Why Endowments Outperform in Private Equity

“Stringent” governance is necessary to succeed in the opaque asset class, researchers argue.

How often do you check up on your general partners (GPs)? Research has suggested that high reporting frequency in private equity is a sign of good governance in GPs and limited partners (LPs) alike—and could lead to better overall performance.

“Reporting frequency can serve to mitigate information asymmetry and agency problems, and also serve to proxy for good corporate governance.”The more regularly a fund reports to its LPs, the less likely it is to overstate performance, according to the study. Investors are consequently armed with better information and can make better investment decisions, argued Sofia Johan and Minjie Zhang of York University’s Schulich School of Business in Ontario.

“Fund managers have significant incentives to overstate their performance to investors,” they explained. “Reporting frequency can serve to mitigate information asymmetry and agency problems, and also serve to proxy for good corporate governance.”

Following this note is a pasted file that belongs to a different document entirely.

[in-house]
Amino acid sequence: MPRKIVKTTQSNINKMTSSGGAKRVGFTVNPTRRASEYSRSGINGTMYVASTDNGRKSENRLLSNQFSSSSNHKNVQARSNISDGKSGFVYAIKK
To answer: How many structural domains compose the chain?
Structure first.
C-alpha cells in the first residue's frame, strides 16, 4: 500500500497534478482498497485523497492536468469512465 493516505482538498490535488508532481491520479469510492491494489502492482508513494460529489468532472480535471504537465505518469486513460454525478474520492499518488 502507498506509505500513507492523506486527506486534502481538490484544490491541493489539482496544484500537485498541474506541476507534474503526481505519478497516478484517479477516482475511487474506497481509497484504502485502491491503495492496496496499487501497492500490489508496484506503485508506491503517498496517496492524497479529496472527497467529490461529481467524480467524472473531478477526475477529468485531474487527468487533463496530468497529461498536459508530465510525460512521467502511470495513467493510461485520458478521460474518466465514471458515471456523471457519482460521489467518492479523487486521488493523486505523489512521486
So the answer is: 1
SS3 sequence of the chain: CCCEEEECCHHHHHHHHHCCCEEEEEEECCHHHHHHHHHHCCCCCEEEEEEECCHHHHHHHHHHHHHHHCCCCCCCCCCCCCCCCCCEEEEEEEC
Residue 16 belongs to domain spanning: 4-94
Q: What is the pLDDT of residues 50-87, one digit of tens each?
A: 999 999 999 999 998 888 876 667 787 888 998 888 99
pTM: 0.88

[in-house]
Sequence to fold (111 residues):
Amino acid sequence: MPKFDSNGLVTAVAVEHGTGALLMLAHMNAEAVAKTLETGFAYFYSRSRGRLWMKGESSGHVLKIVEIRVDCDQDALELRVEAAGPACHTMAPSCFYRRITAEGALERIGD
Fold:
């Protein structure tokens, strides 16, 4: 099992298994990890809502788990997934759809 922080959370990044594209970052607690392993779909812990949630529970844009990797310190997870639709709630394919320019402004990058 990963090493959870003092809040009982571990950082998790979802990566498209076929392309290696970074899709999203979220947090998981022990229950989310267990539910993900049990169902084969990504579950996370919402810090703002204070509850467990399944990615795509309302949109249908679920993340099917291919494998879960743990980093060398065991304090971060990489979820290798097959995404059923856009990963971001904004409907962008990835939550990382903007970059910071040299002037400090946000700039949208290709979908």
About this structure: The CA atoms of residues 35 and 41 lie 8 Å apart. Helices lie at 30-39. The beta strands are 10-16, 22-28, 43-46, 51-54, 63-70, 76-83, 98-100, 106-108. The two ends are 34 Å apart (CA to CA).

Frequent performance reports were a strong indicator of GP governance efforts and effective monitoring by LPs, the researchers found. LPs may require regular updates as part of “stringent” partnership agreements, Johan and Zhang said.

Endowments in particular were shown to employ the best governance practices in private equity, receiving more frequent reports than any other class of LP.

“Endowments also perform relatively better than other LPs as institutional investors in LP investments, and we believe that is a result of a strong but robust effect from the reporting behavior of private equity fund managers,” Johan and Zhang wrote.

For the study, the researchers used PitchBook’s private equity database, examining the performance and reporting behavior for 5,068 private equity funds and 492 LPs from 2000 to 2012. They found that the frequency of performance reports received by endowments was “significantly higher” than it was for other LP types—and that those reports were also less inflated than the ones fund managers gave to other LPs.

Since endowments were also the best performing LPs in the study, Johan and Zhang suggested that the good governance exhibited by these investors and their GPs could be the “secret of their success.”

Read the full paper, “Reporting Bias in Private Equity: Reporting Frequency, Endowments, and Governance.”

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